The United States Patent and Trademark Office (USPTO) divides trademarks into 45 classes. Each class represents a specific category of products, goods, or services.
This article will cover class 8 trademark products. This category includes a variety of hand operated tools and implements.
Registering a Class 8 Trademark
First of all, it’s important to register all intellectual properties associated with your new business as trademarks. You can register any distinctive name, slogan, symbol, service, or product as a trademark.
Trademarks legally prevent other businesses from imitating your brand. However, trademarks only apply to intellectual properties in the same class. Therefore, multiple companies with the same name can exist, but only so long as the trademarks aren’t registered under the same class.
You’ll be asked to list which class your trademark belongs to when you submit your trademark application. You can list any classes to which your good, product or service belongs.
What is a Class 8 Trademark?
By registering a class 8 trademark, you are stating that your intellectual property relates to goods that will be used by consumers, professionals, and businesses.
These guidelines are intentionally broad, so here is a list of all goods covered by class 8:
- Animal shearing implements, cattle shearers, hair clippers for animals
- Hygienic and beauty implements for humans and animals, eyelash curlers, ear piercing apparatus, apparatus for tattooing
- Hair styling appliances, hair curling iron, flat iron, hair crimping iron
- Hair cutting and removal appliances, beard clippers, razor blades, shaving cases
- Manicure and pedicure tools, tweezers, nail buffers
- Food preparation implements, cheese slicers, egg slicers, meat choppers, forks, ladles, nutcrackers, sugar tongs, vegetable knives, can openers
- Hand operated tools and implements for treatment of materials, construction, and maintenance, ice picks, scissors, machetes, ticket punching instruments
- Animal slaughtering and butchering implements, cattle stunning appliances, hunting knives, tools for skinning animals
- Agricultural, gardening, and landscaping tools, budding knives, insecticide vaporizers, plant pruning scissors, scythes, shovels, tree pruners, weeding forks
- Fire tending implements, fire irons, fire bellows, caulking irons, crow bars, polishing irons
- Fastening and joining tools, screwdrivers, riveting hammers, wrenches
- Cutting, drilling, grinding, sharpening, and surface treatment hand tools, axes, sabres, swords, police batons, hand drills, hatchets, perforating tools, saw blades, tube cutting instruments, hand operated lifters
What Does Class 8 Not Cover?
You would not register a class 8 trademark if you were registering machines and implements driven by a motor, surgical cutlery, side arms being firearms, paper knives, or fencing weapons.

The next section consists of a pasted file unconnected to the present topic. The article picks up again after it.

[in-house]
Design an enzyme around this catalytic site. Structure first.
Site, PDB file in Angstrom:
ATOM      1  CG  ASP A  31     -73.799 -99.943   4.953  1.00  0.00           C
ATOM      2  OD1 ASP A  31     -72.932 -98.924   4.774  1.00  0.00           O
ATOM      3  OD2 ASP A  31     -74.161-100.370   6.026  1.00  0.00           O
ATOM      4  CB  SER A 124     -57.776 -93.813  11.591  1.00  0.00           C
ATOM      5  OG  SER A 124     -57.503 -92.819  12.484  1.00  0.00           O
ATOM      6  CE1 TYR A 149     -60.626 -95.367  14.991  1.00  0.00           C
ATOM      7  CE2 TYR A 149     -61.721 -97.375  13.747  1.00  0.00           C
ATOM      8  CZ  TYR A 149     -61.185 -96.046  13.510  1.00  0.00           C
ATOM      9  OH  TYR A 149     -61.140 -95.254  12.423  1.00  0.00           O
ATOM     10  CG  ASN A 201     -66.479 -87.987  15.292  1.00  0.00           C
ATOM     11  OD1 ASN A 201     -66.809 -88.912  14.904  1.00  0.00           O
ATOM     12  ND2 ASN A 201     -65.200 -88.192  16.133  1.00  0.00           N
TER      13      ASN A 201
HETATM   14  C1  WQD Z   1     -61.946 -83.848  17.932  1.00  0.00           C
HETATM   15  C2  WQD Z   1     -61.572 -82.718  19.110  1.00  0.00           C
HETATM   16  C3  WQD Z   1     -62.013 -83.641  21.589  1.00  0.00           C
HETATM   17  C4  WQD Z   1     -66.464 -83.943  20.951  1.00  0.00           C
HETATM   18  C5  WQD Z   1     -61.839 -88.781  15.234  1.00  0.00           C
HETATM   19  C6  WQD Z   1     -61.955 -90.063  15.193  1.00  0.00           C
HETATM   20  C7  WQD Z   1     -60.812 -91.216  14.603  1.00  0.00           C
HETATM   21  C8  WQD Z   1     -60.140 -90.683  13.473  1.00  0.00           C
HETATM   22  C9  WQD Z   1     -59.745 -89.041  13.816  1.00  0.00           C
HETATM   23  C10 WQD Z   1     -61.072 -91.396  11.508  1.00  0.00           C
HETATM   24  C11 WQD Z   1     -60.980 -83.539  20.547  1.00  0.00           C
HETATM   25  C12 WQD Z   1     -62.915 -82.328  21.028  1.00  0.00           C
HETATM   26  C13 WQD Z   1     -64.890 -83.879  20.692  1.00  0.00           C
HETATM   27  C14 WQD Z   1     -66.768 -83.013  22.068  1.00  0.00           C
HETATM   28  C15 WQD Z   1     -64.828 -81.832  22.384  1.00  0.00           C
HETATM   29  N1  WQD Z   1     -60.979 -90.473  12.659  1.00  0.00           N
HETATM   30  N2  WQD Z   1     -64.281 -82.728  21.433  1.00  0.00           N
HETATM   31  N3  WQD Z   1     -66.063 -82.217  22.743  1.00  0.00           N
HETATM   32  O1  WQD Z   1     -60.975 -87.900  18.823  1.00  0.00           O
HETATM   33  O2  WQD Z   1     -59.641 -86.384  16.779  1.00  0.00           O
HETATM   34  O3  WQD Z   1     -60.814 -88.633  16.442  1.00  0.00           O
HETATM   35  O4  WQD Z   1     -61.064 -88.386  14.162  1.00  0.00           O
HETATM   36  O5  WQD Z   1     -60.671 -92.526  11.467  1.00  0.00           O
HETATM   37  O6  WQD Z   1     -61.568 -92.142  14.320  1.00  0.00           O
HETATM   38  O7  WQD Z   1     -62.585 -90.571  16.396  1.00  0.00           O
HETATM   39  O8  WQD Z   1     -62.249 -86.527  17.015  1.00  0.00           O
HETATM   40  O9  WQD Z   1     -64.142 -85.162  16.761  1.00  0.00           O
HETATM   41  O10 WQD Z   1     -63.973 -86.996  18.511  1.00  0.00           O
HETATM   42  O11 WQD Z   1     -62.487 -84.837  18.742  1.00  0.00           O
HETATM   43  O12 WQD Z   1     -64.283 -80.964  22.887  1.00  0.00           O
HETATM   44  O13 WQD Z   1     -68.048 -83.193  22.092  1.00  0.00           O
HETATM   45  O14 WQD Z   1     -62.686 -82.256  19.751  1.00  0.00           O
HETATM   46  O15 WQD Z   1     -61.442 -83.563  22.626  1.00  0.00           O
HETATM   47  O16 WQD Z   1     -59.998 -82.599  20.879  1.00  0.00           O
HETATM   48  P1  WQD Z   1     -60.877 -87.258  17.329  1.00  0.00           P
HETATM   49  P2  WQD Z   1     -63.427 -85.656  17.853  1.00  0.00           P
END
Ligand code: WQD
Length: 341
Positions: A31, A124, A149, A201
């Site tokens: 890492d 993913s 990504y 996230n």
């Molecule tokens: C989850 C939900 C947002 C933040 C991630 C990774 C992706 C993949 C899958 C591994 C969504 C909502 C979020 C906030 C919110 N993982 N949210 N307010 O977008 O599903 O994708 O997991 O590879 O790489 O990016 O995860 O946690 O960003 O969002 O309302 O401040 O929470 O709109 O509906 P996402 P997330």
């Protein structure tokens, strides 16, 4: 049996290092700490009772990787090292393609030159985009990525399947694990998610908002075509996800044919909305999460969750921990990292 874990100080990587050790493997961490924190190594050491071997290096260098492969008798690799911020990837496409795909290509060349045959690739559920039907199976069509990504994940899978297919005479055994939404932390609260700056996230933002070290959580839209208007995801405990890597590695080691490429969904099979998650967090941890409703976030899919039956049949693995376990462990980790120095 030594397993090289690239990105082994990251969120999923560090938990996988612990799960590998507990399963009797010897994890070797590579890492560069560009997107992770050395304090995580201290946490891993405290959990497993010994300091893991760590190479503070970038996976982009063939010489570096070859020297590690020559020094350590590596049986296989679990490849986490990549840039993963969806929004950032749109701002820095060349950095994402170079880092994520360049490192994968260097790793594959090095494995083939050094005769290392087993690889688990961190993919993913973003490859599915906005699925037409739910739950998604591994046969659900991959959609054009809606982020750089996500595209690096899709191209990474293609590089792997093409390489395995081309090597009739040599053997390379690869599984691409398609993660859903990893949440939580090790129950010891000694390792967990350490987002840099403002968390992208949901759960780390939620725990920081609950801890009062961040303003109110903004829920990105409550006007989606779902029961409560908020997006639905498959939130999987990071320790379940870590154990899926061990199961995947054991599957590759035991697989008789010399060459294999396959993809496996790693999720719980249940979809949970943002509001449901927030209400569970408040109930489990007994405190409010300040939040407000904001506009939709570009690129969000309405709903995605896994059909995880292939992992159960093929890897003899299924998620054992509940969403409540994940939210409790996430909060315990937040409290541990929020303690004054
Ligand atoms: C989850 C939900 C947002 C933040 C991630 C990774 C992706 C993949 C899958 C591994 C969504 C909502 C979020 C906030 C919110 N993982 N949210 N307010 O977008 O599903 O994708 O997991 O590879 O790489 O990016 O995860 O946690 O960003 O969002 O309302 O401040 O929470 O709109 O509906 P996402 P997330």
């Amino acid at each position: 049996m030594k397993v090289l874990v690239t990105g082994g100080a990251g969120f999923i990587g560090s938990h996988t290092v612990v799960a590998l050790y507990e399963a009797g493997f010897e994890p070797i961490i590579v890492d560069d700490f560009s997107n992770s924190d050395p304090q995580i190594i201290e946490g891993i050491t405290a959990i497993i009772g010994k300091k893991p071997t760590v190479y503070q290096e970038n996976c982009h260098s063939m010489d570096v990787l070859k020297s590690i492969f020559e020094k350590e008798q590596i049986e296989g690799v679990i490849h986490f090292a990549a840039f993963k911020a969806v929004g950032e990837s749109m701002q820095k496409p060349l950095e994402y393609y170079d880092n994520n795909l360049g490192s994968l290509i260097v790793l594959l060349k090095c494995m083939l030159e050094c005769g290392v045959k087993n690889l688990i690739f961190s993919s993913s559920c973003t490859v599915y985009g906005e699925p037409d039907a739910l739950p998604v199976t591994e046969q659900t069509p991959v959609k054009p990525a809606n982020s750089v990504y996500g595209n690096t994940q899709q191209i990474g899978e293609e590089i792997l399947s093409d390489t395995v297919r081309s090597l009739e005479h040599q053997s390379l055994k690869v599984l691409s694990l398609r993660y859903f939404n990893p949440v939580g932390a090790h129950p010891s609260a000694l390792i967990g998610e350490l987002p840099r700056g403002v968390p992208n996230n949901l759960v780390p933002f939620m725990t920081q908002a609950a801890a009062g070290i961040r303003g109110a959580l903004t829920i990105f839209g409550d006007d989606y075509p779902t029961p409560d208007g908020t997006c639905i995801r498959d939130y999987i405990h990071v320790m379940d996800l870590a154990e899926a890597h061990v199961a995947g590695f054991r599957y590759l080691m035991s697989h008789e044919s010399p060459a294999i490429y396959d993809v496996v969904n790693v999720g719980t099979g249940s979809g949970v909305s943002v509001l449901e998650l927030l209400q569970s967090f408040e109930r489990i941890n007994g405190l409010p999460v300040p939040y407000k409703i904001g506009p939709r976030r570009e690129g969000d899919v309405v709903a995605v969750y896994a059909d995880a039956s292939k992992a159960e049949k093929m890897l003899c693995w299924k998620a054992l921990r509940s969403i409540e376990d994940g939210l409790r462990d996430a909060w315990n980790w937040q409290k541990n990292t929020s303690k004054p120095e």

If there is a similar intellectual property already registered under the same class, then you won’t be able to get a trademark. Fortunately, you can search the USPTO database to check if your potential trademark is already in use. Before filing, it’s common to hire an attorney to perform a comprehensive trademark search and review the results. It’s a good idea to talk to a lawyer if you are unsure about whether your trademark will infringe on someone else’s intellectual property.
If you are unsure as to whether or not your intellectual property falls under class 8, then it’s a good idea to read through related classes. The USPTO has determined that applicants filing within class 8 often also file in the related classes. Related classes include class 7 (machines), class 21 (household utensils), class 37 (construction and repair services), and class 40 (material treatment services).
You don’t have to file your trademark under all of these classes, only the ones that directly apply.
What Does a Trademark Do?
Once you’ve registered for a class 8 trademark, you will need it to fight trademark infringement. You can lose your trademark if you fail to defend it. If you consistently fail to defend against infringement, then the USPTO considers your trademark “abandoned.”
However, holding a registered trademark can prevent “unfair competition,” a term that refers to imitations, knock offs, and general unauthorized sales. This can include malicious imitation.
Although there has to be potential for confusion to claim trademark infringement, many companies still defend their trademarks when there is minimal confusion. They do this in order to avoid abandoning their trademarks.
Certain types of trademark use are considered fair use, despite being unauthorized. This means that the other party is acting in a legal manner not likely to result in confusion of your trademark with theirs.
Claiming that one service is superior to another is an example of a fair use (“nominative use,” to be specific.) Likewise, parodies are usually fair use.
As with any business endeavor, your best bet is to do as much research as possible before registration. A thorough search of the USPTO database will save you a lot of work in the long run. In addition, talking to a lawyer about your potential trademark registration is a great idea. An experienced trademark lawyer will make it easier to protect your intellectual property at minimal expense to your company.
One last thing to keep in mind is renewing your trademark. If you do not keep up with the trademark maintenance documents, then you will lose your trademark. Luckily, this is easy to prevent.